“Moreover, the big pharma leaders need access to these biotech innovations, with loss of exclusivity threatening to erode an estimated $252bn from industry revenues by 2026.
“Replacing these revenues will depend heavily on biotech pipelines, particularly on the development of new modalities.
"These new modalities include the mRNA platforms that achieved significant commercial success in 2021, as well as next-generation antibodies and cell and gene therapies.
“Further into the future, these innovations will synergize with other novel technologies, including next-generation neural nets with OMICs sequencing tools, bioinformatics and AI-powered analytics.”
Other key findings of the report include:
- IPO bubble bursts: Biotech IPOs reached record levels in 2021 – 143 offerings totaling $19.3bn – but the IPO and follow-on windows have shut, and biotech access to capital markets via IPOs or SPACs looks increasingly difficult.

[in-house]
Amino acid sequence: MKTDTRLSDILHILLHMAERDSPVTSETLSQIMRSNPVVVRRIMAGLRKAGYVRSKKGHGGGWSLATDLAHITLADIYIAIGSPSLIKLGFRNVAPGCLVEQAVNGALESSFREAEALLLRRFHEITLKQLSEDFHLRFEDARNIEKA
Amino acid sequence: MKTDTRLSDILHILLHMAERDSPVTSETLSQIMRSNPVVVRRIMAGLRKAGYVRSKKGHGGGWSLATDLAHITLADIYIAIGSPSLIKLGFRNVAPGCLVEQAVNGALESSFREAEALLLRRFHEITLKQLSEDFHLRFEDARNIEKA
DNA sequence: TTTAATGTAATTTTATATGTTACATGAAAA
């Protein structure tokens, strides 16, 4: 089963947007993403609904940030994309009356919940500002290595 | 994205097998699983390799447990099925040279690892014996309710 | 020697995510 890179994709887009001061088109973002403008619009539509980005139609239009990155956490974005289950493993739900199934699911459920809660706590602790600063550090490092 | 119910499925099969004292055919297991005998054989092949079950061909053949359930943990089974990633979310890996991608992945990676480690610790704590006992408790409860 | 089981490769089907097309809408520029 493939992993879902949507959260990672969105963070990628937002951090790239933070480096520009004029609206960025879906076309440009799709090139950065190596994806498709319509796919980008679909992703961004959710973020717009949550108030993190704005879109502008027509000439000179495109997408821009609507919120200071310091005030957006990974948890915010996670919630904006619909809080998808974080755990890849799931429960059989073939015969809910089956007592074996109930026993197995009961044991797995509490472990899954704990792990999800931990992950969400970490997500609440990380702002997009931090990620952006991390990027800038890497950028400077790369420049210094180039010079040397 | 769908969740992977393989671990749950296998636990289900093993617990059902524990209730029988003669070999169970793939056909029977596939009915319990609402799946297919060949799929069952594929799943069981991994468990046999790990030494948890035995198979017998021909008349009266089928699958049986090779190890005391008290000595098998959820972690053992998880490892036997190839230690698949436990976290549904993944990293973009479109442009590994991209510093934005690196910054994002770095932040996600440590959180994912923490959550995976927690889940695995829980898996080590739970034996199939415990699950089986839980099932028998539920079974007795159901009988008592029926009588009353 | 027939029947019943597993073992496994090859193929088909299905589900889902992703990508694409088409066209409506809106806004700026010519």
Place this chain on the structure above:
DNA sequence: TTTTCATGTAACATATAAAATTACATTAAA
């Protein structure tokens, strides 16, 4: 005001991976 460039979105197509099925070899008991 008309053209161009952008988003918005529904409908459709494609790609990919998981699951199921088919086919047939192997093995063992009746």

- VC money follows science: Venture financing reached a record $26.2bn in 2021, and activity remains strong in 2022 as investors continue to bet on biotech’s long-term viability.
- Pausing M&A market: Deal-making value decreased by 46% when compared to last year and remains slow thus far by mid-2022. With historic drops in target valuations, big pharma players may seize the opportunity for large-scale M&A later this year. In the interim, big pharma continues to favor strategic alliances, committing to a potential infusion of $314bn in 2020 and 2021 alone. Even if the US were to experience a macro-economic slowdown, our research shows that biopharma M&A has been driven by industry’s unique fundamental needs to drive growth.
- Operational challenges: In the wake of COVID-19, biotechs face significant operational challenges, including addressing the shortfall of talent across the sector and anticipating policymaker-driven shifts in supply chain expectations, pricing and scaling commercial infrastructure.